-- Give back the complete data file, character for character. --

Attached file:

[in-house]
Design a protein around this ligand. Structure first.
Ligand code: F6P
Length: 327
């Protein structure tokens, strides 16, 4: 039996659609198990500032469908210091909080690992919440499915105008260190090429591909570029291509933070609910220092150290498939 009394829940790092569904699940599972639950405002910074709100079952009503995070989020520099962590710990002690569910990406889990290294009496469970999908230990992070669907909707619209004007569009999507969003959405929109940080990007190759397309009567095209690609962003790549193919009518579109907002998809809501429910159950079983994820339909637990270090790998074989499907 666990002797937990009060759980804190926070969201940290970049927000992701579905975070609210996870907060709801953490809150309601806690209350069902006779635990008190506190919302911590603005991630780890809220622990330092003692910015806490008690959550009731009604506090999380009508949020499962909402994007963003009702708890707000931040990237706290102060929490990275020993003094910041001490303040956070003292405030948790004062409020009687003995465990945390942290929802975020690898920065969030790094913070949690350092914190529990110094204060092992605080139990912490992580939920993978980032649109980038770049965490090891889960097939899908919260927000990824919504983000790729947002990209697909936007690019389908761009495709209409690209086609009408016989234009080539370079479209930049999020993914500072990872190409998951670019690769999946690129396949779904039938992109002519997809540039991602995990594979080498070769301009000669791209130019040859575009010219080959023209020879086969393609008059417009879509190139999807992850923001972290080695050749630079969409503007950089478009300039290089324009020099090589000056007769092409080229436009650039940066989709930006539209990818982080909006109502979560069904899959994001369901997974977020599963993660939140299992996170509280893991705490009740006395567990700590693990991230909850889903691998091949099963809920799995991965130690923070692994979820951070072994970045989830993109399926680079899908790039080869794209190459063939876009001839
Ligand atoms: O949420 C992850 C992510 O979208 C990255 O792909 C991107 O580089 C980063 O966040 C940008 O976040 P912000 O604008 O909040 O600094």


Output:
[in-house]
Design a protein around this ligand. Structure first.
Ligand code: F6P
Length: 327
């Protein structure tokens, strides 16, 4: 039996659609198990500032469908210091909080690992919440499915105008260190090429591909570029291509933070609910220092150290498939 009394829940790092569904699940599972639950405002910074709100079952009503995070989020520099962590710990002690569910990406889990290294009496469970999908230990992070669907909707619209004007569009999507969003959405929109940080990007190759397309009567095209690609962003790549193919009518579109907002998809809501429910159950079983994820339909637990270090790998074989499907 666990002797937990009060759980804190926070969201940290970049927000992701579905975070609210996870907060709801953490809150309601806690209350069902006779635990008190506190919302911590603005991630780890809220622990330092003692910015806490008690959550009731009604506090999380009508949020499962909402994007963003009702708890707000931040990237706290102060929490990275020993003094910041001490303040956070003292405030948790004062409020009687003995465990945390942290929802975020690898920065969030790094913070949690350092914190529990110094204060092992605080139990912490992580939920993978980032649109980038770049965490090891889960097939899908919260927000990824919504983000790729947002990209697909936007690019389908761009495709209409690209086609009408016989234009080539370079479209930049999020993914500072990872190409998951670019690769999946690129396949779904039938992109002519997809540039991602995990594979080498070769301009000669791209130019040859575009010219080959023209020879086969393609008059417009879509190139999807992850923001972290080695050749630079969409503007950089478009300039290089324009020099090589000056007769092409080229436009650039940066989709930006539209990818982080909006109502979560069904899959994001369901997974977020599963993660939140299992996170509280893991705490009740006395567990700590693990991230909850889903691998091949099963809920799995991965130690923070692994979820951070072994970045989830993109399926680079899908790039080869794209190459063939876009001839
Ligand atoms: O949420 C992850 C992510 O979208 C990255 O792909 C991107 O580089 C980063 O966040 C940008 O976040 P912000 O604008 O909040 O600094």